Streetwise Professor

November 2, 2007

And Now For Some Good News

Filed under: Economics,Energy,Russia — The Professor @ 9:02 am

Two articles from Eurasia Daily Monitor on Turkmenistan provide some good news. The first is on China’s efforts to secure Turkmen gas. The second reports that Russia’s efforts to lock up Turkmenistan’s gas supplies and box out potential competitors–China, the West, and recently, the Indians–are running into difficulties:

In recent months Turkmenistan and Kazakhstan have been targeted by coordinated and escalated pressures from the United States, European Union, and Great Britain in favor of the sub-sea Trans-Caspian gas pipeline, the state-run RIA-Novosti news agency commented on October 19, adding that, since earlier this year, nearly 20 U.S. delegations have traveled to Turkmenistan. Maneuverings by potential gas consumers allow Russian neighbors to use the issue of alternative pipelines to prop-up their bargaining position in discussions on gas prices, the agency commented.

In the meantime, Ashgabat has other arguments to boost its bargaining position. On October 25, Berdimukhamedov announced that construction of a Turkmenistan-China gas pipeline would be an important factor in regional stability and development. He said bilateral cooperation, including energy, would top the agenda during Chinese Prime Minister Wen Jiabao’s upcoming visit to Turkmenistan (Xinhua, October 26).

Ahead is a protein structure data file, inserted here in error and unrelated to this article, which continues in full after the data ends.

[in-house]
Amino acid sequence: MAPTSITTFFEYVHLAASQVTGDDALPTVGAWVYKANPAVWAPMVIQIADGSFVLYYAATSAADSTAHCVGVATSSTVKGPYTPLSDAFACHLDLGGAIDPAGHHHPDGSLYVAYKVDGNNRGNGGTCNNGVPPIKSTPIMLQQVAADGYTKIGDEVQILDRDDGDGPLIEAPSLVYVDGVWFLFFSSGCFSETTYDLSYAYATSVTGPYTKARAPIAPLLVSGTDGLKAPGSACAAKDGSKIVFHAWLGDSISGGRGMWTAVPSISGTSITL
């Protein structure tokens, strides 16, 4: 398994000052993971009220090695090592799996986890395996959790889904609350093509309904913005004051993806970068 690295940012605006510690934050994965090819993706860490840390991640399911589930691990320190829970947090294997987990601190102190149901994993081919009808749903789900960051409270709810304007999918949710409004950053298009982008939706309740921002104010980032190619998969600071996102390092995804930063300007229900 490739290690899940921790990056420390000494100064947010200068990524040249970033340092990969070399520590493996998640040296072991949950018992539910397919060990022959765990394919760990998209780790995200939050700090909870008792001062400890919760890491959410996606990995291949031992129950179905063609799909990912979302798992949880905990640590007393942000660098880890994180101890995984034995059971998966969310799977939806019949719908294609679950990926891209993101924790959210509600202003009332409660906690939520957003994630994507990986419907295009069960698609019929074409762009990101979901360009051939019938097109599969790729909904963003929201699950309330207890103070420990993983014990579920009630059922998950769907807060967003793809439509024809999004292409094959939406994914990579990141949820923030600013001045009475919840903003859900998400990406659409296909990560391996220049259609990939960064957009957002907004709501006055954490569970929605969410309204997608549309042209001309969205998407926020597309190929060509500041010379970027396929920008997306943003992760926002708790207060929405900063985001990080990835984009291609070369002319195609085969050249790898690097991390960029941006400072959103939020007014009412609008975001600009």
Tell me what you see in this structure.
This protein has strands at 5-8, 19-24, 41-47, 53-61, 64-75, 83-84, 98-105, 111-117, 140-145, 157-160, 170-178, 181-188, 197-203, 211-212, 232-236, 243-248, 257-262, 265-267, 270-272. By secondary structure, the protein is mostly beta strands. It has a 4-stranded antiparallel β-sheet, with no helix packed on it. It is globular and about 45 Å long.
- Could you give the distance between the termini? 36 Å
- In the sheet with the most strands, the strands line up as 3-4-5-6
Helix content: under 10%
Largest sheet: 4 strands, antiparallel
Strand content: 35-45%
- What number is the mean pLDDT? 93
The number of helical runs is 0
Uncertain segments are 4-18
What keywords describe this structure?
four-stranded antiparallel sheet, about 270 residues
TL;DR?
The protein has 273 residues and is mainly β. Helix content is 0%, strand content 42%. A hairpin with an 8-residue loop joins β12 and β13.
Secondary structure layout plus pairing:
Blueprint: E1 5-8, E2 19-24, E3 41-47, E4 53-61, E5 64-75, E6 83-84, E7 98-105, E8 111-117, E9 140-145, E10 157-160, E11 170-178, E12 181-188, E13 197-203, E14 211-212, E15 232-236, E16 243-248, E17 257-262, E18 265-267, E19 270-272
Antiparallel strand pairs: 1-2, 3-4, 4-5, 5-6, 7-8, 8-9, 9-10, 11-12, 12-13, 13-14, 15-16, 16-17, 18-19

It seems that the US and Europe are finally getting their acts together. The report of 20 US delegations to Turkmenistan is of particular interest.

As I’ve written often, it is in Turkmenistan’s interest to play the field and free itself from Russia’s–that is to say, Gazprom’s–grip on its gas supplies. And as I’ve also written many times, such a prospect is a dagger aimed at Gazprom’s–that is to say, Russia’s–heart. Given its declining production volumes, Gazprom desperately needs gas from Turkmenistan to meet its contractual commitments. And it needs the wide spread between the price at which it sells this gas to Europeans and the price at which it buys this gas from Turkmenistan in order to feed the many hogs at the Gazprom trough. To mix metaphors perhaps, Turkmenistan is the keystone of the Gazprom strategy, and if it crumbles (due to the construction of a Trans-Caspian pipeline, or a pipeline to China, or a pipeline to India via Afghanistan, or all three), the company will be in serious trouble.

There is a lot riding on this. And all directly involved know it–Putin et al most of all. I therefore expect the intensity of this set of the Great Game to ratchet up considerably in the coming months.

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